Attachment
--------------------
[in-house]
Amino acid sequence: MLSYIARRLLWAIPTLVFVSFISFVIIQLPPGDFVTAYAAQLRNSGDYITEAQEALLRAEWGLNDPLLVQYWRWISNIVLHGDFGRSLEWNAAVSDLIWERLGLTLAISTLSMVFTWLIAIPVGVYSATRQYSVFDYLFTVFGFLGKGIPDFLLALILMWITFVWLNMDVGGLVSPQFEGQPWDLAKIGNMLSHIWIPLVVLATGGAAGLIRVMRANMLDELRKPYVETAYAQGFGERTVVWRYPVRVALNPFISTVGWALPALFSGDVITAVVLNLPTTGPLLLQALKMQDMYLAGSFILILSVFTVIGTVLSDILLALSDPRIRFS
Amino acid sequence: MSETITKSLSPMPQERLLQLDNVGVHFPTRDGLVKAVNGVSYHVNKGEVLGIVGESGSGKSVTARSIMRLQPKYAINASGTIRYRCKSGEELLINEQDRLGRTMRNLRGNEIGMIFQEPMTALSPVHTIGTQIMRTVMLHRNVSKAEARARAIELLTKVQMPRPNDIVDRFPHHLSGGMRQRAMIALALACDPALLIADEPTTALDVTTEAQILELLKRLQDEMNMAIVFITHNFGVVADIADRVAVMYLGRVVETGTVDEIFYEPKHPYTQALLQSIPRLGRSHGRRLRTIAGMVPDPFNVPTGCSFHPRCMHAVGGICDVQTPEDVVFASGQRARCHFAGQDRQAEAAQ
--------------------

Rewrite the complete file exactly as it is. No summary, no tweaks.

[in-house]
Amino acid sequence: MLSYIARRLLWAIPTLVFVSFISFVIIQLPPGDFVTAYAAQLRNSGDYITEAQEALLRAEWGLNDPLLVQYWRWISNIVLHGDFGRSLEWNAAVSDLIWERLGLTLAISTLSMVFTWLIAIPVGVYSATRQYSVFDYLFTVFGFLGKGIPDFLLALILMWITFVWLNMDVGGLVSPQFEGQPWDLAKIGNMLSHIWIPLVVLATGGAAGLIRVMRANMLDELRKPYVETAYAQGFGERTVVWRYPVRVALNPFISTVGWALPALFSGDVITAVVLNLPTTGPLLLQALKMQDMYLAGSFILILSVFTVIGTVLSDILLALSDPRIRFS
Amino acid sequence: MSETITKSLSPMPQERLLQLDNVGVHFPTRDGLVKAVNGVSYHVNKGEVLGIVGESGSGKSVTARSIMRLQPKYAINASGTIRYRCKSGEELLINEQDRLGRTMRNLRGNEIGMIFQEPMTALSPVHTIGTQIMRTVMLHRNVSKAEARARAIELLTKVQMPRPNDIVDRFPHHLSGGMRQRAMIALALACDPALLIADEPTTALDVTTEAQILELLKRLQDEMNMAIVFITHNFGVVADIADRVAVMYLGRVVETGTVDEIFYEPKHPYTQALLQSIPRLGRSHGRRLRTIAGMVPDPFNVPTGCSFHPRCMHAVGGICDVQTPEDVVFASGQRARCHFAGQDRQAEAAQ